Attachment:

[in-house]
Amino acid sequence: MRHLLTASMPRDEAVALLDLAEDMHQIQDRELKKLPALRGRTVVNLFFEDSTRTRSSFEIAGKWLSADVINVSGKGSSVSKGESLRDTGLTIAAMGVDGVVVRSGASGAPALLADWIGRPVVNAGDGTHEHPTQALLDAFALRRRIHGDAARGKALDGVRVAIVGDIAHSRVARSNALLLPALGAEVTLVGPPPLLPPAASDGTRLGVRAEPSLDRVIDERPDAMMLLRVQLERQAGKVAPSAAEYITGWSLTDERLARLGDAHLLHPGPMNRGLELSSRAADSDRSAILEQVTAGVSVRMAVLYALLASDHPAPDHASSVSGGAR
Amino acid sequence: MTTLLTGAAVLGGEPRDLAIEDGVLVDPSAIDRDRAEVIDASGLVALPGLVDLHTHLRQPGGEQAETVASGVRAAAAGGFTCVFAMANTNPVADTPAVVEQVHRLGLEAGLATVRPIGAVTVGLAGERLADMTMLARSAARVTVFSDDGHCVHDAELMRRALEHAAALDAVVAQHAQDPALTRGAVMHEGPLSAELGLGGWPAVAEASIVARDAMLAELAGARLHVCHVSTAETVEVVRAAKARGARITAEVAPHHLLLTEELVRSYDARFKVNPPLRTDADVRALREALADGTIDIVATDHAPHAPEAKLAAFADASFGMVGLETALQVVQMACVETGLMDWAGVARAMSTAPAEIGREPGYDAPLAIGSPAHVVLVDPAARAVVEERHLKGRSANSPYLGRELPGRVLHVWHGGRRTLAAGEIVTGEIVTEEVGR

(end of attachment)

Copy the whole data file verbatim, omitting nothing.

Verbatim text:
[in-house]
Amino acid sequence: MRHLLTASMPRDEAVALLDLAEDMHQIQDRELKKLPALRGRTVVNLFFEDSTRTRSSFEIAGKWLSADVINVSGKGSSVSKGESLRDTGLTIAAMGVDGVVVRSGASGAPALLADWIGRPVVNAGDGTHEHPTQALLDAFALRRRIHGDAARGKALDGVRVAIVGDIAHSRVARSNALLLPALGAEVTLVGPPPLLPPAASDGTRLGVRAEPSLDRVIDERPDAMMLLRVQLERQAGKVAPSAAEYITGWSLTDERLARLGDAHLLHPGPMNRGLELSSRAADSDRSAILEQVTAGVSVRMAVLYALLASDHPAPDHASSVSGGAR
Amino acid sequence: MTTLLTGAAVLGGEPRDLAIEDGVLVDPSAIDRDRAEVIDASGLVALPGLVDLHTHLRQPGGEQAETVASGVRAAAAGGFTCVFAMANTNPVADTPAVVEQVHRLGLEAGLATVRPIGAVTVGLAGERLADMTMLARSAARVTVFSDDGHCVHDAELMRRALEHAAALDAVVAQHAQDPALTRGAVMHEGPLSAELGLGGWPAVAEASIVARDAMLAELAGARLHVCHVSTAETVEVVRAAKARGARITAEVAPHHLLLTEELVRSYDARFKVNPPLRTDADVRALREALADGTIDIVATDHAPHAPEAKLAAFADASFGMVGLETALQVVQMACVETGLMDWAGVARAMSTAPAEIGREPGYDAPLAIGSPAHVVLVDPAARAVVEERHLKGRSANSPYLGRELPGRVLHVWHGGRRTLAAGEIVTGEIVTEEVGR